The 7 Deadly Sins of Employee Motivation

by Kayla Garcia on Wednesday 12 March 2014, 9:56 PM | Category: Human Resource Management| View: 2454 views
 
 
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 Managers and employers all know the lifeblood of any organization is the people who work in it, regardless of the amount of time and money they spend attending to marketing, competitors, customer satisfaction and eagle eyeing the bottom line. When employees are motivated, they emit satisfaction and interest in their tasks, work flows well, production is maintained, and the work environment is pleasant and peaceful. When employees aren't motivated, the whole operation takes on the quality and temperament of a toothache, and everything and everybody suffers.

 

Employee motivation can be a tricky thing to inspire. An interesting motivational speaker will help, as will some financial incentives, but much about the human working animal and how to keep his nose to the grindstone is elusive. De-motivation, however, is decidedly less complex. Should you want your employees and teams to lack the necessary inspiration to keep working hard and working well, here are a number of practices guaranteed to crush employee motivation.

Hire the Cheapest Workers

One of the most important aspects to running a business and running it well is hiring the right people for the right jobs. When someone is internally motivated because they enjoy their work and feel suited for it, managers barely have to lift a finger. One way to ensure you are less likely to get the right person for the job is hire whoever will work for the least amount of pay. As long as that's your priority, motivation will be lacking.

Make Sure the Work Doesn't Challenge

One of the best ways to ensure employee motivation stays low is to keep your employees' work devoid of difficulty. Boredom, routine, work that can be performed while texting or applying nail polish — these types of situations lead to sluggish workers who will give you sluggish returns. When work is challenging but not too far out of an employee's current skill sets and knowledge base, the desire to learn and contribute in a new way provides excellent motivation.

Use Fear

When employees work out of a fear of losing their jobs, they exhibit less energy and desire to execute daily tasks. They fail to notice, let alone offer, suggestions that may improve workflow or the working environment. Fear and anxiety will also ensure that their memory skills are compromised. Create an environment of fear, and motivation will stay at basement levels.

Discourage Innovation

One of the most effective ways to discourage desire and compel your more creative employees to seek greener pastures is to quell any interest in innovation. While some companies invite new ideas and invest in them in order to stay competitive, doing so will greatly increase the likelihood that you will have hard-working and productive employees.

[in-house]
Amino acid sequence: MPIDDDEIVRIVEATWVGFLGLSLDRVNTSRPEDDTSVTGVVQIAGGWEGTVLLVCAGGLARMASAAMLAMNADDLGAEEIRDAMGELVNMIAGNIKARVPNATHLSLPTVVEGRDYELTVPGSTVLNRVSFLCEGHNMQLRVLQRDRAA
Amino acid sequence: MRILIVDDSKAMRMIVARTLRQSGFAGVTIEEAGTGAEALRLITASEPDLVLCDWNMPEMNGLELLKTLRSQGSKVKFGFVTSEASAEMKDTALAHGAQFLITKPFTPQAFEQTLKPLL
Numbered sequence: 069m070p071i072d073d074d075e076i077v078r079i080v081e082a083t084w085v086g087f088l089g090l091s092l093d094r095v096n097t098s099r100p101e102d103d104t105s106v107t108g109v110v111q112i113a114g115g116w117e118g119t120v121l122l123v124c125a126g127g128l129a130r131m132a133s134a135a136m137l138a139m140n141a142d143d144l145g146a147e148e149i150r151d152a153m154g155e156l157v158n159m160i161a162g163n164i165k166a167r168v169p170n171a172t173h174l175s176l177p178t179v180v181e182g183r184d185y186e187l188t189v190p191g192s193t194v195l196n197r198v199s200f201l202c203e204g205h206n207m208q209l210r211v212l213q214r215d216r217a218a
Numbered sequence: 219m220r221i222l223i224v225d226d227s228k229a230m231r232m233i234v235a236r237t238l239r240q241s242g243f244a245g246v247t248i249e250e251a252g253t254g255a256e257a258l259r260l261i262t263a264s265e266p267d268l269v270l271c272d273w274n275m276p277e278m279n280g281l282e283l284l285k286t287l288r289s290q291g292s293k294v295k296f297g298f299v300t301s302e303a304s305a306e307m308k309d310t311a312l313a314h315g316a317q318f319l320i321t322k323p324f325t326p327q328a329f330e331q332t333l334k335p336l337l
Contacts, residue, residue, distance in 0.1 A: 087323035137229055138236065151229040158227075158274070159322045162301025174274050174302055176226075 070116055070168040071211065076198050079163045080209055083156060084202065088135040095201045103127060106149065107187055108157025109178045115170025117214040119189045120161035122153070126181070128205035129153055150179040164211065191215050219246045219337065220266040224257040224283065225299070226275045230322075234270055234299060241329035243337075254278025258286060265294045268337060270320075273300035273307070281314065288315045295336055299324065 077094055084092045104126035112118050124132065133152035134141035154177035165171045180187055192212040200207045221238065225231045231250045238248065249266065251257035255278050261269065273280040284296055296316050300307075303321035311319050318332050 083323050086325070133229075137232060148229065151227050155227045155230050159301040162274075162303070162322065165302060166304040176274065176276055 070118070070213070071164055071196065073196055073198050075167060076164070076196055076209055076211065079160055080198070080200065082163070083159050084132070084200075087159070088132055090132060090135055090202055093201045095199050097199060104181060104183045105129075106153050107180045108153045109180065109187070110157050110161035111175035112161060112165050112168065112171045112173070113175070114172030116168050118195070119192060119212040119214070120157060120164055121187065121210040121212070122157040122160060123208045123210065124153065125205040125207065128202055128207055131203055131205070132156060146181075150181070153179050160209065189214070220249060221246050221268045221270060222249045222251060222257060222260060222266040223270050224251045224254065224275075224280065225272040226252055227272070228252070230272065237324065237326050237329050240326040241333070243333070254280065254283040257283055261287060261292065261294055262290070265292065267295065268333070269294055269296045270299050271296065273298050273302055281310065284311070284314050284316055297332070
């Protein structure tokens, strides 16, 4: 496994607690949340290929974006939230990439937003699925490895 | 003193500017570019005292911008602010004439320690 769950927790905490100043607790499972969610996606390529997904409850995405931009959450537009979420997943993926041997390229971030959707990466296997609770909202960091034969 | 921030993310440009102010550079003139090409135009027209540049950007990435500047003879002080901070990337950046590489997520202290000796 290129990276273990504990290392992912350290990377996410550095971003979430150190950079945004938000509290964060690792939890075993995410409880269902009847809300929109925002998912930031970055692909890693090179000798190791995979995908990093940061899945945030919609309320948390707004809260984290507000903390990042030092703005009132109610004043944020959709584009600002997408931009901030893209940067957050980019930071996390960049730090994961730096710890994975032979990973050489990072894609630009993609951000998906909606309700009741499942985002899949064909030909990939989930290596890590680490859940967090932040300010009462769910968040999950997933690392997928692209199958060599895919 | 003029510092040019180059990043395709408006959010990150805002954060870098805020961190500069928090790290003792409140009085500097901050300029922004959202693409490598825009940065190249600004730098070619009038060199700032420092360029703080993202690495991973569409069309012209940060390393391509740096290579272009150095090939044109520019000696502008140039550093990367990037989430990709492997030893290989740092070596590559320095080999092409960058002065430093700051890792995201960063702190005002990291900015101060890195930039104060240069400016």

Don't Allow Cross-Training

Good employees will often seek out ways to increase their knowledge of the work they do and the work that goes on around them. One way this can happen is through cross-training, where employees are encouraged and incentivized to learn jobs and tasks that are different from what they normally perform. In doing so, they provide a more work-diverse company, a stronger workforce, and they tend to enjoy their work more. Cross-training is a definite morale and motivation booster.

Reward — But Only Monetarily

It may seem counter-intuitive, but money isn't always the best motivator. It turns out that employees like verbal rewards, being recognized in front of their peers for a job well-done, being trusted with more challenging assignments, title upgrades and the like. If you want to keep motivation low, only give monetary incentives and rewards. Be tight-lipped with praise, and make sure everyone's title never rises above “Intern.”

Don't Have Fun

When fun is a regular part of the work experience, it not only motivates your employees to want to come in to work, it also motivates them to value the people around them, which builds desire to contribute work benefiting the team. Humor and non-work-related interactions help people get to know each other as specific individuals, and these types of interactions build connections that drive mutual accountability and individual responsibility. It's what motivates human beings to work for the good of their families, churches, platoons or tribe. If you want to keep a sense of connectedness out of your motivational landscape, be dour, and pay it forward as much as you can.

 

Motivating employees isn't nearly as easy as de-motivating them, but it can be done. From proper incentives to challenging work, a well-motivated employee is just a few small adjustments away.

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